In this condition, small crystals which belong otolith organs in the bony encased area in front of the semi- circular canals, break off and make their way into one or more of the canals. This causes the affected canal to become sensitive to changes of head position relative to gravity and causes desynchronization with the opposite ear leading to a spinning sensation.

BPPV may follow:

  • Head Injury
  • Infection of the vestibular nerve
  • Unusual head positions
  • Exposure to continuous jarring
  • Bed rest

Common symptoms include:

  • Sudden memorable onset with a change in position
  • Waking from vertigo when rolling over in bed
  • Brought on by changes in head position such as looking up or down, bending forwards and rolling over in bed
  • The spinning comes in short episodes
  • Episodes tend to relapse and remit
  • A feeling of vague motion sickness and imbalance

The diagnosis of BPPV can be confirmed by trained therapists using quick head movements in specific planes which cause predictable, uncontrollable eye movements in specific directions (nystagmus).

Once confirmed it is easily treated using positional head maneuvers in specific sequences which guide the detached crystals out of the canals where they are causing a problem. The maneuvers used depend on the canal affected, and the most common is called “The Epley Maneuver”.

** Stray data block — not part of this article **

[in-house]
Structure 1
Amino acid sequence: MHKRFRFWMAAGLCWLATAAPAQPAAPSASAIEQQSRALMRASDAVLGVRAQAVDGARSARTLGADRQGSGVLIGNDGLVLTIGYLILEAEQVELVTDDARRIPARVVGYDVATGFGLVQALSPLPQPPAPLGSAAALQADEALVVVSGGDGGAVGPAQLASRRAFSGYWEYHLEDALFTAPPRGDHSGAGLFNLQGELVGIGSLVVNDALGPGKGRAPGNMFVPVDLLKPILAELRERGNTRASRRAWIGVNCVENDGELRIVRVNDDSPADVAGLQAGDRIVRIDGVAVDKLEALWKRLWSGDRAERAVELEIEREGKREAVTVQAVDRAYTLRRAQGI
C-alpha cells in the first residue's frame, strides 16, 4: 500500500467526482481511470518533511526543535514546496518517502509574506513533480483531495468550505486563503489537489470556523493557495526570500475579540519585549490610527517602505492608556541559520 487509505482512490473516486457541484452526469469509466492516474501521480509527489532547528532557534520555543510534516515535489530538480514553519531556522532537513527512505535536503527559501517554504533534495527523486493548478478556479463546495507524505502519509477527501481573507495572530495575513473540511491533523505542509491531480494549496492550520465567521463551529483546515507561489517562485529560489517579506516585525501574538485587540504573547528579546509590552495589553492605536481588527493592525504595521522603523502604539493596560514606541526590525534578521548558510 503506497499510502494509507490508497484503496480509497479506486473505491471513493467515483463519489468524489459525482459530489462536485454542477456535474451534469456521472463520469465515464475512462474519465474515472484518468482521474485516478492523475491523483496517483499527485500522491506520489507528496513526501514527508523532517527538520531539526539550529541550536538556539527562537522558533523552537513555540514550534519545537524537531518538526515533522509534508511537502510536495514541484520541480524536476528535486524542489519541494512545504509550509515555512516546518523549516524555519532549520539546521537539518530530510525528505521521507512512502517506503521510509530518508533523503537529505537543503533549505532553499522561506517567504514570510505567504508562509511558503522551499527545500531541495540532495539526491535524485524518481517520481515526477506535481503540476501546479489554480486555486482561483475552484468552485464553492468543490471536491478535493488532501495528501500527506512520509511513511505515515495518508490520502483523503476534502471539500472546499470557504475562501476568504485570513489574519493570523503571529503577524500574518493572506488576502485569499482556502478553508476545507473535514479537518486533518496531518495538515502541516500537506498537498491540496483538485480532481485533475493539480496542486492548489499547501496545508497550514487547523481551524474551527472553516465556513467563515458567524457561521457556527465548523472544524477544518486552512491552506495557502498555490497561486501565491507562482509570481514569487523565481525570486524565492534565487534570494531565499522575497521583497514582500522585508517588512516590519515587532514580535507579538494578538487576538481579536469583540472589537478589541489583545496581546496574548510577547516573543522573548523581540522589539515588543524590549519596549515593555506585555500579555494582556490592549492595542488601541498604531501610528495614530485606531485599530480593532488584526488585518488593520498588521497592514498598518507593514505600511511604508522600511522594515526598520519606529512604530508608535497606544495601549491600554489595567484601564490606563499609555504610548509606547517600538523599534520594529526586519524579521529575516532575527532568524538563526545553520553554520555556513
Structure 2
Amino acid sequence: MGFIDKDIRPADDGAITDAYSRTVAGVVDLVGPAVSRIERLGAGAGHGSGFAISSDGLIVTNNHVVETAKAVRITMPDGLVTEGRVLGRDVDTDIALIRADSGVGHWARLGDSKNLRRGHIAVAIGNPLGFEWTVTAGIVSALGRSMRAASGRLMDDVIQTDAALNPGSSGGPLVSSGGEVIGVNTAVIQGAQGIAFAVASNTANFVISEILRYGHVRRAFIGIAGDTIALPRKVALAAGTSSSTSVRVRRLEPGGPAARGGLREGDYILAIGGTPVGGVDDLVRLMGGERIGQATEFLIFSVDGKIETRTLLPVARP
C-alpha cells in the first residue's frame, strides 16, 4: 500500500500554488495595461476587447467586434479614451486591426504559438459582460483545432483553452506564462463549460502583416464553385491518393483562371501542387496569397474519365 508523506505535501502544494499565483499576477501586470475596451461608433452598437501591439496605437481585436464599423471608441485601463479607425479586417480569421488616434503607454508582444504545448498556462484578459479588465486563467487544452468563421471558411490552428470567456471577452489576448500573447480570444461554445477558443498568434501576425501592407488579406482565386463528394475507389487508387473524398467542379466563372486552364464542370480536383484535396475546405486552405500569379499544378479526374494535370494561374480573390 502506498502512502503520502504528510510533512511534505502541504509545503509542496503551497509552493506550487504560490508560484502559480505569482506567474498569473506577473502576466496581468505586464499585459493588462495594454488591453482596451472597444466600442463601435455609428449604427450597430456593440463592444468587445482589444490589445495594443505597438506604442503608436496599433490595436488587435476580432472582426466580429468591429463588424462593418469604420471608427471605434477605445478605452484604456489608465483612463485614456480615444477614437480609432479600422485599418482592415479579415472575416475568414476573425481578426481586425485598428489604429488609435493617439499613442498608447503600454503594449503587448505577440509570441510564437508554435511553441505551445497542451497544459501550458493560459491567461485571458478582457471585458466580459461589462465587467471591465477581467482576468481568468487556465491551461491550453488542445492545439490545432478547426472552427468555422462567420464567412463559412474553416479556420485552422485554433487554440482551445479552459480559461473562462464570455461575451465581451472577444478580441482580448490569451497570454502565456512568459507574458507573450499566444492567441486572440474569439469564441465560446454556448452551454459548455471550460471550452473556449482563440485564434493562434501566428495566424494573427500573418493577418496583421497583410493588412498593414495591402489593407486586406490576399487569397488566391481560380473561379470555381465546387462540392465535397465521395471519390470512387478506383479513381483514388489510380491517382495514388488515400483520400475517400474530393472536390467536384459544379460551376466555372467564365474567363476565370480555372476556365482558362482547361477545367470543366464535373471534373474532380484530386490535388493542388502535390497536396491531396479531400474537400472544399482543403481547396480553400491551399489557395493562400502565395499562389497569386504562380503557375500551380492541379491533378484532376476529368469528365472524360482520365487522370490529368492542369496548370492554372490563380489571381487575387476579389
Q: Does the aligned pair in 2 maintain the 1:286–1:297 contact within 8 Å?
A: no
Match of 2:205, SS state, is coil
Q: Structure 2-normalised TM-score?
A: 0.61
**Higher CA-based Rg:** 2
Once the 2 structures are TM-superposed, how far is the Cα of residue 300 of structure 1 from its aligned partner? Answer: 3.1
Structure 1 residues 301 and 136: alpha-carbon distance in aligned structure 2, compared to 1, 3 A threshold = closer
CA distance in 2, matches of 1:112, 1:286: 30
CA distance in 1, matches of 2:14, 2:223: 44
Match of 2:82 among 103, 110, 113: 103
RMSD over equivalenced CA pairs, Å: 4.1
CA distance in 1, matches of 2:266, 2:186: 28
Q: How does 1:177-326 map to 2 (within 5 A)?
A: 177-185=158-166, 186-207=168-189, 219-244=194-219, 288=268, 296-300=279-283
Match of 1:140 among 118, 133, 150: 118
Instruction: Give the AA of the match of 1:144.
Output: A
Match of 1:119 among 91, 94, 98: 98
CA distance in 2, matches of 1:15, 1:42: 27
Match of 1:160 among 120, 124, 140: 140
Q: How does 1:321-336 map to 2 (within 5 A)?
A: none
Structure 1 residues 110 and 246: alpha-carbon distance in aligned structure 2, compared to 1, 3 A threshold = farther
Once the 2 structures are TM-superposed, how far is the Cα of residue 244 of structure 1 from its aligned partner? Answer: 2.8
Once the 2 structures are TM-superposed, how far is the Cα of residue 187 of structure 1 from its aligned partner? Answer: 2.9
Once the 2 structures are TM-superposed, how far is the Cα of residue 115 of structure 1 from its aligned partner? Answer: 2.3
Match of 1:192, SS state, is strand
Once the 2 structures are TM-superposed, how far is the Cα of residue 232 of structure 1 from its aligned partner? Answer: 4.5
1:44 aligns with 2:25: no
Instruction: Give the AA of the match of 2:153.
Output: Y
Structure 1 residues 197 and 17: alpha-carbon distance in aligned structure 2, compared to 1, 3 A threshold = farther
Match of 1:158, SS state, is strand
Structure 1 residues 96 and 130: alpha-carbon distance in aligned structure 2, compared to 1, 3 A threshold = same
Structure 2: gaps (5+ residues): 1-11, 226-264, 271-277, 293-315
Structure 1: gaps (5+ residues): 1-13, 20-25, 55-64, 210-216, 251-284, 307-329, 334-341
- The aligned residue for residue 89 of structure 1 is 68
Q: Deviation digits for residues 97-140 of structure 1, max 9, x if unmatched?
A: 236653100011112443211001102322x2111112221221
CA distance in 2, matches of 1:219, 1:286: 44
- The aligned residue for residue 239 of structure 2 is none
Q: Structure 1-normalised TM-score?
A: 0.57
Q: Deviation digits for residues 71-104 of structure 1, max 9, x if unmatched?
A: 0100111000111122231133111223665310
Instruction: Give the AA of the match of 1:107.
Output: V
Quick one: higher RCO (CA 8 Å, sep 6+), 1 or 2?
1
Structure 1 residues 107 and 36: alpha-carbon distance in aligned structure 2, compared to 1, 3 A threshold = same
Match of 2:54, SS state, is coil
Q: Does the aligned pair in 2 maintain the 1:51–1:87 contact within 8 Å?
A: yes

Head positioning maneuvers require a certain amount of bravery as they cause an exacerbation of the symptoms during the procedure which may last for a few minutes after treatment and leave you feeling a little woozy for a couple of days.

Correct diagnosis and effective treatment, however, ultimately results in an 80-90% cure rate! Many practitioners such as the extremely skilled and knowledgeable Richard O’Hara (with whom I received my training and gained much of my knowledge in this field) now run successful practices where a large proportion of the patients they see are successfully treated for BPPV.

Usually there is recurrence within 3-12 months, however the rate of recurrence drops with each subsequent treatment.

Certain other causes of vertigo can be effectively treated using various VRT’s when appropriate.

Due to the wide array of pathologies that can potentially cause vertigo symptoms, a thorough history, neurologic exam, occulomotor testing and gait assessment is essential in the assessment of people suffering with dizziness and vertigo in order to correctly identify the cause. Furthermore, it is not uncommon for individuals to be affected with more than one cause, often requiring a multi-disciplinary approach.

Nevertheless is it encouraging to know that in many cases when the cause is found to be benign, treatment is safe and incredibly effective!

If you are personally struggling with vertigo or any of the symptoms mentioned in this post, or if you know of someone else battling with the spinning, it is definitely worth finding a trained manual therapist you trust to take you through a thorough assessment and determine whether VRT or positional head maneuvers are appropriate for you!

Stop spinning, find your balance and get back to moving the way you should!

Move Well. Live Well.